(11) The howdahs are ornamentally bedecked with tufts of red wool. When camels kneel for women to alight the tufts, which he likens to red foxgrape which turns dark violet when ripe, fall off.

(12) Suban: A valley they had to cross twice.

(13) The House: The Ka’ba in Mecca.

(14)  In pre-Islamic times the ritual of circumambulation –tawaf –  also practiced by the pagan Arabs.

(15) “Jurhum”: The original Meccan tribe, succeeded by Quraysh.

(16) The two worthies he is praising are Harim b. Sinan and al-Harith b. ‘Awf for their salutary, commendable efforts in bringing the war between ‘Abs and Dhubyan to an end and offering to pay the deads’ blood money.

(17) Mansham was an itinerant perfume seller. Tribesmen who ritually wore his perfume before going into battle were invariably killed . “Mansham’s perfume” then became a byword for ill-omen, and death.

(18)& (19) He is referring to the two worthies mentioned in verse 17.By their commendable intercessionary efforts to bring the ‘Abs-Dhubyan war to an end, the two worthies have done so much good.-Turning away from those one is connected to by blood was considered an abominable sin.

(20) Mcaad: The greatest tribal confederation in pre-Islamic Arabia.

(21) Pedigree camels, as blood-money, fully heal the wounds of war.

(22) camels could be used as time-pieces, a certain time  to be assigned to each of the camel’s  functions and activities.

(23) “by those” refers to the two peacemakers of the previous verse. The second hemistich means that the two peacemakers could follow the effects of their peace-making efforts with reference to the daily and seasonal activity of the camels they have negotiated as blood-money payments.

(24)  This refers to the peace settlement between ‘Abs and Dhubyan. The camel foals were part of the settlement paid by the one tribe to the other, although those paying had not participated in the fighting themselves. They willingly made the payments to bring about a final and lasting peace.

(25) Twain: twins,  meaning that war is prolific in what it breeds.

(26) The war could drag on for the length of time it would take a camel to suckle, wean its young, and see them to adulthood, almost three years. The aftermath of war will be as ill-omened as the legendary people of cAad  who perished for their depravities.

(27) The meaning of this verse is ambiguous. It may mean that a peaceful resolution of war would bring as much bounty and gain as were enjoyed by the rich and fertile villages of Iraq.

(28) This verse may also mean that war will provide you with nothing but suffering and pain, as plentiful as the harvests of rich Iraqi villages.

(29)Husain bin Dhamdham’s brother was slain by a man from cAbs before the truce. WhencAbs and Dhubyan agreed on peace Husain vowed on vengeance. He kept out of sight to avoid agreeing to the  peace settlement. He finally had his vengeance by killing a man from cAbs. This verse laments that Husain’s deed was against Dhubyan’s tribal interests which lay in consolidating the peace.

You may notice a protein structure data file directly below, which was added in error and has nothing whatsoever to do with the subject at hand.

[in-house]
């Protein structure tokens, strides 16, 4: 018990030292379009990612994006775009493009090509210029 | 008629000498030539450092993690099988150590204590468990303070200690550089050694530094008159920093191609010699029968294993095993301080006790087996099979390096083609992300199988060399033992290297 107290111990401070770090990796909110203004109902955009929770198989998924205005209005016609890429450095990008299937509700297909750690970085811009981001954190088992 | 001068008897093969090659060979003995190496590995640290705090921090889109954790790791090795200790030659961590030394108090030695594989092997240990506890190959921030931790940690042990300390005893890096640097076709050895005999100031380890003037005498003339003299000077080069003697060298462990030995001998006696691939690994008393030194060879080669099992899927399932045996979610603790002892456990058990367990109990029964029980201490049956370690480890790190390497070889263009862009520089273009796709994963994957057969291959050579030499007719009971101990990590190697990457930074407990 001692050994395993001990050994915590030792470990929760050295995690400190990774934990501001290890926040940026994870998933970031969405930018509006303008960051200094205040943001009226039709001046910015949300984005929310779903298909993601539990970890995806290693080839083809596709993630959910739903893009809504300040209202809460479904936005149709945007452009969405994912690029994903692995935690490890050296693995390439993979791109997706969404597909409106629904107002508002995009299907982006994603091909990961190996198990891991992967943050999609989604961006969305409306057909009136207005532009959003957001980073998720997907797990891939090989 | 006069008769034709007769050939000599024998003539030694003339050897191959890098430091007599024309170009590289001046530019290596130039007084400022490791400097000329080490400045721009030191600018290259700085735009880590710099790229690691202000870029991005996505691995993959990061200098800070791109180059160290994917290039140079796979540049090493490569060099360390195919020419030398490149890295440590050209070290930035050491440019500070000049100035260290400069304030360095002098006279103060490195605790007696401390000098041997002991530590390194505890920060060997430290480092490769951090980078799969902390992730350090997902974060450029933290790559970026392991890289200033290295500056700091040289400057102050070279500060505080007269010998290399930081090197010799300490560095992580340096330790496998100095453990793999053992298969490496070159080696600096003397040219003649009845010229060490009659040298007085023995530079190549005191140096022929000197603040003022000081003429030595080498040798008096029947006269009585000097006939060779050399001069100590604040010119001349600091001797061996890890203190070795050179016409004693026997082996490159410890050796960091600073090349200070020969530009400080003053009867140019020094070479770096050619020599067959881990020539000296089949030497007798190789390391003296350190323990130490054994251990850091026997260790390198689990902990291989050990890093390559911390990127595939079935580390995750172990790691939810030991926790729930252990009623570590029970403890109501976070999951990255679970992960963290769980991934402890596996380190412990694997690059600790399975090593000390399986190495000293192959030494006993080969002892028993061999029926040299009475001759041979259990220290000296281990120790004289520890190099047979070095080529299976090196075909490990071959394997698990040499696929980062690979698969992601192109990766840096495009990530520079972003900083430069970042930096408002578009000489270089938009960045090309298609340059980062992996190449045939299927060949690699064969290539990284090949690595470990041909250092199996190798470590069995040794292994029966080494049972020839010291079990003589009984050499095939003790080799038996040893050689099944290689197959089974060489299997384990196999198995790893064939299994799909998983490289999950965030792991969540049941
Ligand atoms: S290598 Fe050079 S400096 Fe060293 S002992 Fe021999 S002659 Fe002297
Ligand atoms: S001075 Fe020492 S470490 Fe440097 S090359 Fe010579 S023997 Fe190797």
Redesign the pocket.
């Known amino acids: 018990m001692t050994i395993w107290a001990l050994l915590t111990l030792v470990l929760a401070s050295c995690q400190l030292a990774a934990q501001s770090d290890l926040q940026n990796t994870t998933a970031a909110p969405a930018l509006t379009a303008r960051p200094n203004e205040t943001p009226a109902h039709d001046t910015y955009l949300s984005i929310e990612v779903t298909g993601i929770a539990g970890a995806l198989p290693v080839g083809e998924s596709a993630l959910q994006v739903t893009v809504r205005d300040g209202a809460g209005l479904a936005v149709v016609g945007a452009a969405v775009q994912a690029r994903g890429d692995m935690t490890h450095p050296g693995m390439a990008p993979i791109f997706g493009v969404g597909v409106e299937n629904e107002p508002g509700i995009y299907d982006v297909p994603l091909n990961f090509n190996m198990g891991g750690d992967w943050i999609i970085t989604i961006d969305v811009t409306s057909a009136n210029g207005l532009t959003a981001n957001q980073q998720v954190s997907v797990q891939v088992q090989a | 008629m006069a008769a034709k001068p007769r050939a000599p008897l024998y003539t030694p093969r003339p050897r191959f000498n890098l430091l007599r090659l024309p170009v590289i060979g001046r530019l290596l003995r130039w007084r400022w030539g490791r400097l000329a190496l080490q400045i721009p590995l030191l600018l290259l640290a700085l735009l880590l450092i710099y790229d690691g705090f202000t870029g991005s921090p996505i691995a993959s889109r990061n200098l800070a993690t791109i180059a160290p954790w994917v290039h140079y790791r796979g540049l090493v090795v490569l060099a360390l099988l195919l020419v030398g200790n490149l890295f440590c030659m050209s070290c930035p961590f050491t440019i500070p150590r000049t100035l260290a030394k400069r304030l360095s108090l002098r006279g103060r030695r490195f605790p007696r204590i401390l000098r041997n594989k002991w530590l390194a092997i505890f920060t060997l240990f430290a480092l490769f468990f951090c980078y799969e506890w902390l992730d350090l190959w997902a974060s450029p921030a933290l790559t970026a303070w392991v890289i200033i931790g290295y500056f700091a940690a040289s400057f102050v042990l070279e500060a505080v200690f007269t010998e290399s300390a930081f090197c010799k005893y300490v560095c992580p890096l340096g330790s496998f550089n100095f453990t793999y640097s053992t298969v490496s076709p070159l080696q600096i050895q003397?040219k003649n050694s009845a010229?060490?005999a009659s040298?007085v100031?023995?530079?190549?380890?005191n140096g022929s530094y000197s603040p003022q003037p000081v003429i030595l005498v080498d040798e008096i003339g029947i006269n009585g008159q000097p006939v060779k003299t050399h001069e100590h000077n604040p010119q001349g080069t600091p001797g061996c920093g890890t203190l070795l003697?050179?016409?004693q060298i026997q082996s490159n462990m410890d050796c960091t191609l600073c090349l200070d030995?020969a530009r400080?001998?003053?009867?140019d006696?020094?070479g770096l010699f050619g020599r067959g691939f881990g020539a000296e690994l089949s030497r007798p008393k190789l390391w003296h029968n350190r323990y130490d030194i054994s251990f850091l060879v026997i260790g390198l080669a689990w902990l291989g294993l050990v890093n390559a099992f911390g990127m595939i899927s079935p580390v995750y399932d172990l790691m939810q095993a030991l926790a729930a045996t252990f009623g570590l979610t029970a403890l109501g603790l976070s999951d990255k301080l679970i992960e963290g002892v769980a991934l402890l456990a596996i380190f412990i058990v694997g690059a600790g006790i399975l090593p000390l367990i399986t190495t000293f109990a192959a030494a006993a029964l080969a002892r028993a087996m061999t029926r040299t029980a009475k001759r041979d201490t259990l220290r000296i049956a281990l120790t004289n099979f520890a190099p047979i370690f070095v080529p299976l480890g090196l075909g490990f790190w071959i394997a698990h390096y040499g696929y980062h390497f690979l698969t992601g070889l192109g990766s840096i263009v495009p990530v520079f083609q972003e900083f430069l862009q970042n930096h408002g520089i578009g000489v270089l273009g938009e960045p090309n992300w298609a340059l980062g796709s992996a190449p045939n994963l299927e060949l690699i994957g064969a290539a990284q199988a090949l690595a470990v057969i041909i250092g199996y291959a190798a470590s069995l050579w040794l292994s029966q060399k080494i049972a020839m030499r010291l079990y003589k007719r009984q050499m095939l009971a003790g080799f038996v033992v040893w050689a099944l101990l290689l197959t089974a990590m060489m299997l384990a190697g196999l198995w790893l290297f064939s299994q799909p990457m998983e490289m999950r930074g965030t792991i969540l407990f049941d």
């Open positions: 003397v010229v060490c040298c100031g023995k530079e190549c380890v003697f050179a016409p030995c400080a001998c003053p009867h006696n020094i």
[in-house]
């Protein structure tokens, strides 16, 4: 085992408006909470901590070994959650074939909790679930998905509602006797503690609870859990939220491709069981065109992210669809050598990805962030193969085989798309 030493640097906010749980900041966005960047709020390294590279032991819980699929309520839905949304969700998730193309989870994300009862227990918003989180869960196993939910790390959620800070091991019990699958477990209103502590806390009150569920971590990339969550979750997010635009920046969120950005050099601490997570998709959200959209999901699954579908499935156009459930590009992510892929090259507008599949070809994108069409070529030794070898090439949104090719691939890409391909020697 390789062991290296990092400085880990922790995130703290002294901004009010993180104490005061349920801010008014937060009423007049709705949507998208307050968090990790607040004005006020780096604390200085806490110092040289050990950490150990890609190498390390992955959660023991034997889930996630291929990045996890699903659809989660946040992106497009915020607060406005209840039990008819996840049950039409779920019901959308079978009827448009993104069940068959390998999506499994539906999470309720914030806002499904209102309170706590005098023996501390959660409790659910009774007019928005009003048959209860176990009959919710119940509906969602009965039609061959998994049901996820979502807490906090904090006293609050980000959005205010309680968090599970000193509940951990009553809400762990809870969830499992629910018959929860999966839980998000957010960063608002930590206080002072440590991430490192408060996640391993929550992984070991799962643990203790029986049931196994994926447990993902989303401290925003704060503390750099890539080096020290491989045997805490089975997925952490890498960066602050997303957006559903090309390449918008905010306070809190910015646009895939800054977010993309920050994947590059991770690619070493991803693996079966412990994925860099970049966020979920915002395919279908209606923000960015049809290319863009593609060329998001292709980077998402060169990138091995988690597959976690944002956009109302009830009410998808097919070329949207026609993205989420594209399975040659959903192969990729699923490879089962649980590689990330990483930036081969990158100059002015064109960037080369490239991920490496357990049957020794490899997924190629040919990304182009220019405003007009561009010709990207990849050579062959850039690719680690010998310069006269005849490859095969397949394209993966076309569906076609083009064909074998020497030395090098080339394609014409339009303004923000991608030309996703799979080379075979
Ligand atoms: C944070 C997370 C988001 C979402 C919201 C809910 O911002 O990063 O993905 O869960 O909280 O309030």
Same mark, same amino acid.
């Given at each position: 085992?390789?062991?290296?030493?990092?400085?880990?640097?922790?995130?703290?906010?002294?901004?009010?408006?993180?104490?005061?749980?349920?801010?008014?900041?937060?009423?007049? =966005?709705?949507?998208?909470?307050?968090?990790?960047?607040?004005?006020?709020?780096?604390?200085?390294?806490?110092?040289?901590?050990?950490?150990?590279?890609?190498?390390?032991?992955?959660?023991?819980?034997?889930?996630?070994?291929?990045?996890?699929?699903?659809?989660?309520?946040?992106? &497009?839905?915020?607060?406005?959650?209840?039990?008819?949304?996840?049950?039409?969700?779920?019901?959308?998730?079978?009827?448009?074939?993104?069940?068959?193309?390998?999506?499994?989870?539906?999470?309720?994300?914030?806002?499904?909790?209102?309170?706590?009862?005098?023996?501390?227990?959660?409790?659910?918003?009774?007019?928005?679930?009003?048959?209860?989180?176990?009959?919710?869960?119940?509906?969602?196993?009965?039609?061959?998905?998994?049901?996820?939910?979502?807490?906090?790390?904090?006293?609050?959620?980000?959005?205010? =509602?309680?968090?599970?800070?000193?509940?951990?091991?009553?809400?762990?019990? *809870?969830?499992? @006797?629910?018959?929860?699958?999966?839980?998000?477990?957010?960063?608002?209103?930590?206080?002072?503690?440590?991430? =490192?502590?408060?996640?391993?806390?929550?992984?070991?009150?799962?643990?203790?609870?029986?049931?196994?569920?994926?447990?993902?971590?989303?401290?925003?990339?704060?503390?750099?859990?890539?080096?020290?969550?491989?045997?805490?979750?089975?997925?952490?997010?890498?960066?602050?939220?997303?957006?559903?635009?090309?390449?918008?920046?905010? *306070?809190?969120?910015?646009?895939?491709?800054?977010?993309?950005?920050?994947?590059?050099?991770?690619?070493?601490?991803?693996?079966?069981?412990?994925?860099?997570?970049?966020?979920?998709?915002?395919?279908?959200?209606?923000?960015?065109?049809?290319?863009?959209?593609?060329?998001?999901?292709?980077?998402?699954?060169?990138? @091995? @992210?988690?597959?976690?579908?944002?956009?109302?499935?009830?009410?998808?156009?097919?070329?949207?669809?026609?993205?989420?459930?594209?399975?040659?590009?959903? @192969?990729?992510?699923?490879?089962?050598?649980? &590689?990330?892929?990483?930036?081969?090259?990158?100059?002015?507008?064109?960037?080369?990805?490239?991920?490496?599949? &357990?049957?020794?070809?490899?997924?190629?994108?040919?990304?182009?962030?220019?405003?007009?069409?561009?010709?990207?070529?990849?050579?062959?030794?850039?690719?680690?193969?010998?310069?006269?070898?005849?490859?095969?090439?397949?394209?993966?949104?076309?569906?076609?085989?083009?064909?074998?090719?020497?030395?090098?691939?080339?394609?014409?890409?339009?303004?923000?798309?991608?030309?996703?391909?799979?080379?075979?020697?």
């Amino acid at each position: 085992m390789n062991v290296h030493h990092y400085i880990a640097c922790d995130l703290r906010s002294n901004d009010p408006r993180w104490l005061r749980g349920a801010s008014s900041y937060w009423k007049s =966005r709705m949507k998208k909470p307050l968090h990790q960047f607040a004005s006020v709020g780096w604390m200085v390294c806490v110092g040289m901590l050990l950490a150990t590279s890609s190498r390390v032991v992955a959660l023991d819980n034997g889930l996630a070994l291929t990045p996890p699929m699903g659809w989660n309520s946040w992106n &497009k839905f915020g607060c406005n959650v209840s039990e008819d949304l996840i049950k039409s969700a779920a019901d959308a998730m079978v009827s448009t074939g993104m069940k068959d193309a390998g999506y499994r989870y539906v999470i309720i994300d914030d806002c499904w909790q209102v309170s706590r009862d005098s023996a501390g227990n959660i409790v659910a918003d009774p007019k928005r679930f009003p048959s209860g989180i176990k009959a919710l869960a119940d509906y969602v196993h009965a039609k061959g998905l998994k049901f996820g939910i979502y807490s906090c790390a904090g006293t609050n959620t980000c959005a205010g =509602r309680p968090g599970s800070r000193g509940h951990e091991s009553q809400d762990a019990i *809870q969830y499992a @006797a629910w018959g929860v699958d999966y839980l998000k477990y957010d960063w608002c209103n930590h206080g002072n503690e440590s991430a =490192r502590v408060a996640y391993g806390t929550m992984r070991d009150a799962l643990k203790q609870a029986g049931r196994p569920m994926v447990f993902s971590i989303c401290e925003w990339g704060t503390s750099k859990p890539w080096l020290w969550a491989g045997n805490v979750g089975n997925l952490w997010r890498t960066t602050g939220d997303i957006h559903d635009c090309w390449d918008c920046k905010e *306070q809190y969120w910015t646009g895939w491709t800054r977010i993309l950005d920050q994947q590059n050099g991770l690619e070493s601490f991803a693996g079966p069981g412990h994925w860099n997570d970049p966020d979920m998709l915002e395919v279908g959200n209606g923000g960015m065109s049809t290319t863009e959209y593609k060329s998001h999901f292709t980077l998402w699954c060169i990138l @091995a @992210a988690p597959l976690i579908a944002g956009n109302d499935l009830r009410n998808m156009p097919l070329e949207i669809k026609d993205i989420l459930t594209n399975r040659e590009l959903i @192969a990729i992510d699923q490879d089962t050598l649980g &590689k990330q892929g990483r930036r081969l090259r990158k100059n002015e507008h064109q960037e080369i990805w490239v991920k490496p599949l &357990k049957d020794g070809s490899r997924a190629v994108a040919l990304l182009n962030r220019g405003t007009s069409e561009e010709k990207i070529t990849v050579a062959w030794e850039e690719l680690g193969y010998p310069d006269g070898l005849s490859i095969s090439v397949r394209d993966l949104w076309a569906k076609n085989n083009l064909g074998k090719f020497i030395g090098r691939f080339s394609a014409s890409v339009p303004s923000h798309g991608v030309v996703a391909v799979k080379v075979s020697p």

(30) He is referring to Husain b. Dhamdham, of the previous verse

(31) bitted: with metal bits in their mouths, i.e fully harnessed.(32) He slew only his man, and did not accost others.

(33) In praise of Husain b. Dhamdham

(34)They returned to warring with one another like camels who had grazed unwholesome pasture     detrimental to their health, yet returned to graze there yet again.

(35) “Ibn Nuhayk” and “the one slain at Muthallam” were killed before the war and thus “their spears” are absolved of their blood, and the two casualties were not included in the causes of the conflict.

(36). Those named in this and the previous verse were killed before the war and thus should not be included in blood-money settlements.

(37) I see all those honorable worthies ready to pay the blood money of those killed in the war. A thousand camels follow another thousand as payment.

(38) “They” refers to camels paid as peace settlement.

(39) A pad to a camel is what a hoof is to a horse.

(40) Honor here is ‘Ird, the chastity, virtue and intactness of one’s womenfolk.

(41) Abuse here means ‘scurrilous, foul-mouthed libel’.

(42) Before a battle commences, the Arabs put forward the back end of their spears to enable peace-makers to do what they can. Should they fail the warriors reverse their spears, spikes forward, in preparation for battle. Zuhair is citing this custom to laud the peace makers’ efforts in extolling all to pay the blood money to end the war.

(43) Zuhair was severely criticized  for inciting wrong-doing (dhulm) in this verse when saying that if one does not wrong others, he will be wronged by them. But he seems to imply that people are malicious by nature and prone to wrong-doing, and that one should not be lax in standing up to whatever evil that may arise in others.